If you are considering the option of a horse joining your family, you will not regret the companionship. Aside from all the fun opportunities that can come from owning and training a horse, there are other benefits you may not have considered previously.
For example, many people have found horses useful for therapy, which can often be cheaper than weekly therapy sessions. The social aspect is a big plus, too, as it can provide time for you or your family to socialize with the animal and other horse owners to create long-lasting friendships.
For children and teens, owning a horse can improve relationships, teach accountability and enhance responsibility.
Physical benefits can come from horseback riding as well, as it provides much-needed exercise that many individuals lack, which can further your physical well-being.
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Whatever your reason for getting a horse, it should be a reason that is important enough to you that will make the investment worth it. Remember, owning a horse requires large sums of time and money to take care of them.
According to a recent study performed by Maine University, the average yearly cost of owning a horse is $3,876, which includes only the basic necessities. This number does not include the initial cost of buying a horse, nor the fees associated with paperwork and other possible expenses you may incur.
For this reason, it’s important to do your research before spending your hard-earned cash on an investment that may be more than you can currently handle.
Not only do you want to provide the right environment for your new companion, but you should also ensure that buying a horse will not place you in a negative financial situation, hurting yourself or your loved ones.
To be financially prepared, first, break down the many aspects of horse ownership and the expenses that will accumulate.
Here is a brief summary of the basic expenses you may encounter (expenses will vary depending on your horse, your boarding requirements and your area):
1. Initial price – $100-10K+
2. Boarding – $200-$800/month
3. Food – $1K+/year
4. Basic Farrier Fees – $350/year
5. Basic Vet Fees – $500/year
Then, examine any additional charges, fees and maintenance that could pop-up throughout the year. These prices may vary based on your own research and preferences:
● Land for foraging and grazing
● Travel expenses, including trailer and competition fees if applicable
● Riding lessons
● Horse tack and equipment
● End-of-life expenses
Finally, expect to invest your time. Time with your horse may mean time away from your job, which will mean less income, and therefore, a decrease in your budget.
Planning ahead to know what expenses (including time) you’ll be incurring is pivotal to horse ownership; remember, preparation is key. Here are some tips to consider so you can be as financially prepared as possible before buying:
1. Create a Budget in Advance
First contemplate your monthly income and expenses, laying them out and forming your budget.
If you have more money leaving your bank account than coming in, it may be a good idea to reassess buying a horse and adding those extra expenses to your current situation.
However, if you feel that you could afford those monthly and yearly expenses, as well as the upfront costs of buying a horse, you may be in the green!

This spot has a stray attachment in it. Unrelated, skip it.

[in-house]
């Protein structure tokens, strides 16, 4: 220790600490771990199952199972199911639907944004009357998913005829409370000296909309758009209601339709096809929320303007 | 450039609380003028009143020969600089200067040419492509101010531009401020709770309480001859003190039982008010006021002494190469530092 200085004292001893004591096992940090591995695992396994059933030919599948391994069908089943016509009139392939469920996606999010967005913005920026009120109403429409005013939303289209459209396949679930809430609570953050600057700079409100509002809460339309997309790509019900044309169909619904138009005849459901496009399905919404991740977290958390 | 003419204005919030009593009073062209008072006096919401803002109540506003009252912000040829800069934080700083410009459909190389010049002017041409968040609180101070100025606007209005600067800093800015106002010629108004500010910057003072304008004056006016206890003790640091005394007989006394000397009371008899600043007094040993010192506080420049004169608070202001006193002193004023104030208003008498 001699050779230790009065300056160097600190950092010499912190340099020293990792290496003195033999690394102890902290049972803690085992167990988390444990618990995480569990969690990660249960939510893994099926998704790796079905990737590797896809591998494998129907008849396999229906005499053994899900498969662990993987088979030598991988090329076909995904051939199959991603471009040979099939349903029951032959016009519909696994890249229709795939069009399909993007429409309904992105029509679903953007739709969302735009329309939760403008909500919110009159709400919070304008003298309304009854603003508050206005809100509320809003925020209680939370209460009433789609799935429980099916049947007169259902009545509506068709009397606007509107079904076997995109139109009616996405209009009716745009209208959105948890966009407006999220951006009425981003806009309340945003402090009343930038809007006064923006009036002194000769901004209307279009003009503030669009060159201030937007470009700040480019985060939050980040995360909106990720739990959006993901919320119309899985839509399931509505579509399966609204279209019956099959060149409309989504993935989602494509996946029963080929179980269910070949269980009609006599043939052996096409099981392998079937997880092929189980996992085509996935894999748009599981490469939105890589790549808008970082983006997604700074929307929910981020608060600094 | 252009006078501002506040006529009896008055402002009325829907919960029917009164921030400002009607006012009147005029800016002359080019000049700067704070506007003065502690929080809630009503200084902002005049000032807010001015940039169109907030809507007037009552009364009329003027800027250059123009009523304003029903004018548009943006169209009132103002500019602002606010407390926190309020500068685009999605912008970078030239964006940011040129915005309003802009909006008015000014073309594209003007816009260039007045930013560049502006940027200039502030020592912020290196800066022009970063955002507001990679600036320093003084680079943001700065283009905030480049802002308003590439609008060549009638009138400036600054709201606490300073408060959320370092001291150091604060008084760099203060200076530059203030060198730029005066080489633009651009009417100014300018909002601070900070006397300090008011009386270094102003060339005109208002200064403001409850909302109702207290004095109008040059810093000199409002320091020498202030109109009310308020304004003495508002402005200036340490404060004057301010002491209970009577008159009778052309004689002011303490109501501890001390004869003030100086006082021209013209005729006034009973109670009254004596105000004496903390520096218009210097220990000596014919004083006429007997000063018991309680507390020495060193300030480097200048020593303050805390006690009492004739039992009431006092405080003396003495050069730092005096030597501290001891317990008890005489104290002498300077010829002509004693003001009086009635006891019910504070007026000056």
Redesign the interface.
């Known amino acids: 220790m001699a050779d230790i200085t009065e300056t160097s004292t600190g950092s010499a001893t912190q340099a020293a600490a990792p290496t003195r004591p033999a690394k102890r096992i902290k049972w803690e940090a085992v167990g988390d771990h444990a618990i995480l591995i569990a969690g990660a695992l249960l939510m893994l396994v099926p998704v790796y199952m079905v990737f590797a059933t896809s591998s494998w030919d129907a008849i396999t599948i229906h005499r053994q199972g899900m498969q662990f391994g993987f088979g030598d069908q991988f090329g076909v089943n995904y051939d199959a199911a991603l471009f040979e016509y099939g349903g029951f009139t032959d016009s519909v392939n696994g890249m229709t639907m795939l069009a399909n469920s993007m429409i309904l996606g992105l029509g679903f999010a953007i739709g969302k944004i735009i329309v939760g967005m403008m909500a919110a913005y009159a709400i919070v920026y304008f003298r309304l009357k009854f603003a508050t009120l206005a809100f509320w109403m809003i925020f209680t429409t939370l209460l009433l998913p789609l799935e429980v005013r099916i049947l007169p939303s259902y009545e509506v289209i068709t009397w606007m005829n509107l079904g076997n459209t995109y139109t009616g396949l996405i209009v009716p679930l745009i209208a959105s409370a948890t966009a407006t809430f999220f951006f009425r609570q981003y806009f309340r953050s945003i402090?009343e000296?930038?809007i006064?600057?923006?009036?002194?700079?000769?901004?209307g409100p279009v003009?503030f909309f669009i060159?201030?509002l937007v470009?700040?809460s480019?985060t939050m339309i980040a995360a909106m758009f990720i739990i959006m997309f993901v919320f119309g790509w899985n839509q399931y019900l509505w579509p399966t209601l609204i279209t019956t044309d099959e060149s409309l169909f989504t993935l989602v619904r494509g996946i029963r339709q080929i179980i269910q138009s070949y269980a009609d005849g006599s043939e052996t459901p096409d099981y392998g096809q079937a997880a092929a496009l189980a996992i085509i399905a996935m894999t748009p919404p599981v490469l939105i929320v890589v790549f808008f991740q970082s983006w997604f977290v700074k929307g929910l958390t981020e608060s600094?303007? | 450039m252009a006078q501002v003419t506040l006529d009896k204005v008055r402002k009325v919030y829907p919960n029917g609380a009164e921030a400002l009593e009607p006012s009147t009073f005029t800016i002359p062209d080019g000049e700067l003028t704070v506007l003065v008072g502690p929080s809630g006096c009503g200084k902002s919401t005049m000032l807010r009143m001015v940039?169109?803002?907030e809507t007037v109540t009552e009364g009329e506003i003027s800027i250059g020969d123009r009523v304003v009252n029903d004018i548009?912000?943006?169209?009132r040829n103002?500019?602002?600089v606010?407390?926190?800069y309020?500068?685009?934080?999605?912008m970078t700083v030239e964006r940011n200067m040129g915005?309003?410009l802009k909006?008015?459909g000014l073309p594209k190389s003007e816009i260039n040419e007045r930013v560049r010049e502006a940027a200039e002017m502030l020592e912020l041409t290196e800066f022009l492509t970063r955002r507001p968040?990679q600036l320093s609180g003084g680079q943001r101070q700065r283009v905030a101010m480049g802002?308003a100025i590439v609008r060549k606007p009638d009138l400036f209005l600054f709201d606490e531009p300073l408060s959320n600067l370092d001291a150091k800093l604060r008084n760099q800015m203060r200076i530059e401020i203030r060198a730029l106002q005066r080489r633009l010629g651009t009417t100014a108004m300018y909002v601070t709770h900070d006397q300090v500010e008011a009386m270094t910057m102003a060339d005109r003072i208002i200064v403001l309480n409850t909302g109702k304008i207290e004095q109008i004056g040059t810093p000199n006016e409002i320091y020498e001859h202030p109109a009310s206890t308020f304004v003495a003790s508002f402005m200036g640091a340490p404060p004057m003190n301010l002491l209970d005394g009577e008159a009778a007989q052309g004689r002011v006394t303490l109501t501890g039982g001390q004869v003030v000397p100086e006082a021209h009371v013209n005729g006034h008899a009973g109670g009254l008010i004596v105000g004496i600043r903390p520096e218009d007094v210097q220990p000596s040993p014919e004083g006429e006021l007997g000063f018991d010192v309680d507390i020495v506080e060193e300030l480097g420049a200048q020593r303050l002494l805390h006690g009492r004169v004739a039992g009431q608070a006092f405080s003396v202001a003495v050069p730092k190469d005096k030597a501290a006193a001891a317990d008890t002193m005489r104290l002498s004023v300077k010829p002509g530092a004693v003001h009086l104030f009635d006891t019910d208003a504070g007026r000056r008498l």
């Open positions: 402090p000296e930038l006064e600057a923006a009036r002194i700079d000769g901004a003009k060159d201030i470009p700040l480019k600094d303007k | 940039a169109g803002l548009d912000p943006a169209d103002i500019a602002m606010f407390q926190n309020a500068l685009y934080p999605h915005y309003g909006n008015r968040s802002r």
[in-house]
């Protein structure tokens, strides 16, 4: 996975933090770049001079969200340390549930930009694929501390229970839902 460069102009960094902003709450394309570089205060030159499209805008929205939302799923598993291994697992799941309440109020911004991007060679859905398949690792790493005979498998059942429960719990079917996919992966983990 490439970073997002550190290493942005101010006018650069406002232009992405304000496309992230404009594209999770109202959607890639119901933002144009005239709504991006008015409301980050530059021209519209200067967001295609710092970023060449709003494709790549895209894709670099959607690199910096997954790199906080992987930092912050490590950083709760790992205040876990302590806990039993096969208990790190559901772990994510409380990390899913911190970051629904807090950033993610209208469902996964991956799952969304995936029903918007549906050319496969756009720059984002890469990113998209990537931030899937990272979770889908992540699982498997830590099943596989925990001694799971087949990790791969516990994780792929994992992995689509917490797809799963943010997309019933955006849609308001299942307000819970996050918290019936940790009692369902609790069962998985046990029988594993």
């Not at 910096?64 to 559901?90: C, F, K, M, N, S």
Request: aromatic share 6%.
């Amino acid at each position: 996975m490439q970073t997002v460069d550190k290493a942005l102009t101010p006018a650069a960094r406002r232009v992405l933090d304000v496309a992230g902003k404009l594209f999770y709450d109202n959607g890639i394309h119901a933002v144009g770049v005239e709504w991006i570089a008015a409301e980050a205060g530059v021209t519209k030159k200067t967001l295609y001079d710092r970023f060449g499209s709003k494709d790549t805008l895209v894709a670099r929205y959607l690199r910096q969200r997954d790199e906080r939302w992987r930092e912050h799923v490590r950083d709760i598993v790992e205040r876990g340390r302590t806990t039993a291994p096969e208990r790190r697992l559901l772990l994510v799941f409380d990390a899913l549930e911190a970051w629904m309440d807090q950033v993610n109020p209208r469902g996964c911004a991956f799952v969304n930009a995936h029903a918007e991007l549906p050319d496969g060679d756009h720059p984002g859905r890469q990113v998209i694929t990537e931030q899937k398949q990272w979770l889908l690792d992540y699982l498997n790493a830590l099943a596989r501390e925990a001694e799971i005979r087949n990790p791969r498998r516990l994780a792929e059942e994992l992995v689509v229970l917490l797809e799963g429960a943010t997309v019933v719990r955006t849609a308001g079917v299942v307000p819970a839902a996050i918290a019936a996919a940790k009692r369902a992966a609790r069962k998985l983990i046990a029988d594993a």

When creating your budget, make it simple enough that you can track your expenses as they come in, especially in the initial staging of owning your first horse. Setting up a good system to track your income will make all the difference down the road.
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2. Save, Save, Save
At this point, many people may realize that they don’t have enough saved in their account to afford the upfront costs of a horse. If this is you, take some time to save money so you don’t have to take out a loan or go into debt. There are many good ways to save using modern-day technology.
One option that can help you save is switching banks. Many traditional banks charge fees for holding an account and make it complicated to save money. On the flip side, many newer banks eliminate those extra fees while offering improved services. For example, a bank with an automatic savings account can help you easily collect extra change and place it in a safe-from-you account.
Another option is to download a budgeting app that will remind you to track and update your expenses. Keeping your budget on your phone could guide you in your endeavors to cut back on spending. Many apps offer incentives and tools to hold yourself accountable for the money that comes and goes from your account.
3. Have a DIY Mentality
Finally, ponder the options of DIY and being a thrifty shopper. DIY projects, such as building your own barn to house your horse, could save you loads of money in the future.
Doing so could cut down on the heavy monthly expenses of boarding your horse elsewhere, eliminate travel expenses to the boarding location, and offer the possibility to look after your horse in your own, personal way.
Shopping thrifty saves plenty of money because it allows you to buy second hand at a lower cost.
Though it may be exciting to buy brand new gear, oftentimes it can be quite expensive; buying second-hand items (such as a horse tack) could be much cheaper and function similarly to brand new items that are double the price.
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Bringing in Your New Friend
If you can provide a safe and healthy environment for a horse while maintaining healthy finances, you’ll find that owning a horse is very rewarding.
On top of the wonderful benefits already mentioned, there are feelings of gratitude and joy when inviting a horse to be a new part of your family that you rarely find elsewhere. So, prepare yourself and have fun.
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